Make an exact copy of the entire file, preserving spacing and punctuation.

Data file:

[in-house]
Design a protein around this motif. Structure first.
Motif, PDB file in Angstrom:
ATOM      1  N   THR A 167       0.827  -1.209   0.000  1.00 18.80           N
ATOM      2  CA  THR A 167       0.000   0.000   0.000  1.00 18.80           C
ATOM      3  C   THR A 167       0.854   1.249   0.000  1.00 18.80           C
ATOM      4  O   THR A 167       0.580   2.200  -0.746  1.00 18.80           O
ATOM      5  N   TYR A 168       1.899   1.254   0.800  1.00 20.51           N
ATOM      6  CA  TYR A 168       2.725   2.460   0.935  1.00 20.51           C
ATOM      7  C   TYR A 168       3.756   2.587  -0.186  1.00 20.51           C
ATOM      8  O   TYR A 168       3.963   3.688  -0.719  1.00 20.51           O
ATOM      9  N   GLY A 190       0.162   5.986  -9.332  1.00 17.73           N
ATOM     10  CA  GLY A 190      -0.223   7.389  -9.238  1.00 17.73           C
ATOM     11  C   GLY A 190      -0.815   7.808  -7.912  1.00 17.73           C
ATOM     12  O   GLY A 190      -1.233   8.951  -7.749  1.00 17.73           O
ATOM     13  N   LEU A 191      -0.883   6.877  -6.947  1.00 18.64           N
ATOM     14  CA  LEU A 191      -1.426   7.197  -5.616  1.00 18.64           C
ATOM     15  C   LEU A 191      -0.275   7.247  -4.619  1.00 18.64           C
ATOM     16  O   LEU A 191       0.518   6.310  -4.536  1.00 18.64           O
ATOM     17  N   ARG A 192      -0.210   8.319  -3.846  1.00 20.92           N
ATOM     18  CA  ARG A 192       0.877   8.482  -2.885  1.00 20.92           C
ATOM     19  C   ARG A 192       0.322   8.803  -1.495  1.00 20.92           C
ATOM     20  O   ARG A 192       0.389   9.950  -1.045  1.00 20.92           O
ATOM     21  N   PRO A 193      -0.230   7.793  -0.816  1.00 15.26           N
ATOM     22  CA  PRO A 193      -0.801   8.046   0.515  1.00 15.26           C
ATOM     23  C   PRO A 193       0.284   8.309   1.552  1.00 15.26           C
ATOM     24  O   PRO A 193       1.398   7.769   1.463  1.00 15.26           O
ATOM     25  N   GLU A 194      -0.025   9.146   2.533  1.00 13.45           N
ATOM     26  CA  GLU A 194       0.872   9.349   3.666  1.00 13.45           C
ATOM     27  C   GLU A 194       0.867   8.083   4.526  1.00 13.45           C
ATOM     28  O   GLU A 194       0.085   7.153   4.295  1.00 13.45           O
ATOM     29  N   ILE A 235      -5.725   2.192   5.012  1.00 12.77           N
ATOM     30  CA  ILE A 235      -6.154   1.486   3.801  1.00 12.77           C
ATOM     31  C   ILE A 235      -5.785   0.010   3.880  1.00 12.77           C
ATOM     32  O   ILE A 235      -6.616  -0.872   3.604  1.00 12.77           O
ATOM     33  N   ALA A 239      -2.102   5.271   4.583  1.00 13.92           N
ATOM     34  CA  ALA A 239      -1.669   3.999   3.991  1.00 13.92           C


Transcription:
[in-house]
Design a protein around this motif. Structure first.
Motif, PDB file in Angstrom:
ATOM      1  N   THR A 167       0.827  -1.209   0.000  1.00 18.80           N
ATOM      2  CA  THR A 167       0.000   0.000   0.000  1.00 18.80           C
ATOM      3  C   THR A 167       0.854   1.249   0.000  1.00 18.80           C
ATOM      4  O   THR A 167       0.580   2.200  -0.746  1.00 18.80           O
ATOM      5  N   TYR A 168       1.899   1.254   0.800  1.00 20.51           N
ATOM      6  CA  TYR A 168       2.725   2.460   0.935  1.00 20.51           C
ATOM      7  C   TYR A 168       3.756   2.587  -0.186  1.00 20.51           C
ATOM      8  O   TYR A 168       3.963   3.688  -0.719  1.00 20.51           O
ATOM      9  N   GLY A 190       0.162   5.986  -9.332  1.00 17.73           N
ATOM     10  CA  GLY A 190      -0.223   7.389  -9.238  1.00 17.73           C
ATOM     11  C   GLY A 190      -0.815   7.808  -7.912  1.00 17.73           C
ATOM     12  O   GLY A 190      -1.233   8.951  -7.749  1.00 17.73           O
ATOM     13  N   LEU A 191      -0.883   6.877  -6.947  1.00 18.64           N
ATOM     14  CA  LEU A 191      -1.426   7.197  -5.616  1.00 18.64           C
ATOM     15  C   LEU A 191      -0.275   7.247  -4.619  1.00 18.64           C
ATOM     16  O   LEU A 191       0.518   6.310  -4.536  1.00 18.64           O
ATOM     17  N   ARG A 192      -0.210   8.319  -3.846  1.00 20.92           N
ATOM     18  CA  ARG A 192       0.877   8.482  -2.885  1.00 20.92           C
ATOM     19  C   ARG A 192       0.322   8.803  -1.495  1.00 20.92           C
ATOM     20  O   ARG A 192       0.389   9.950  -1.045  1.00 20.92           O
ATOM     21  N   PRO A 193      -0.230   7.793  -0.816  1.00 15.26           N
ATOM     22  CA  PRO A 193      -0.801   8.046   0.515  1.00 15.26           C
ATOM     23  C   PRO A 193       0.284   8.309   1.552  1.00 15.26           C
ATOM     24  O   PRO A 193       1.398   7.769   1.463  1.00 15.26           O
ATOM     25  N   GLU A 194      -0.025   9.146   2.533  1.00 13.45           N
ATOM     26  CA  GLU A 194       0.872   9.349   3.666  1.00 13.45           C
ATOM     27  C   GLU A 194       0.867   8.083   4.526  1.00 13.45           C
ATOM     28  O   GLU A 194       0.085   7.153   4.295  1.00 13.45           O
ATOM     29  N   ILE A 235      -5.725   2.192   5.012  1.00 12.77           N
ATOM     30  CA  ILE A 235      -6.154   1.486   3.801  1.00 12.77           C
ATOM     31  C   ILE A 235      -5.785   0.010   3.880  1.00 12.77           C
ATOM     32  O   ILE A 235      -6.616  -0.872   3.604  1.00 12.77           O
ATOM     33  N   ALA A 239      -2.102   5.271   4.583  1.00 13.92           N
ATOM     34  CA  ALA A 239      -1.669   3.999   3.991  1.00 13.92           C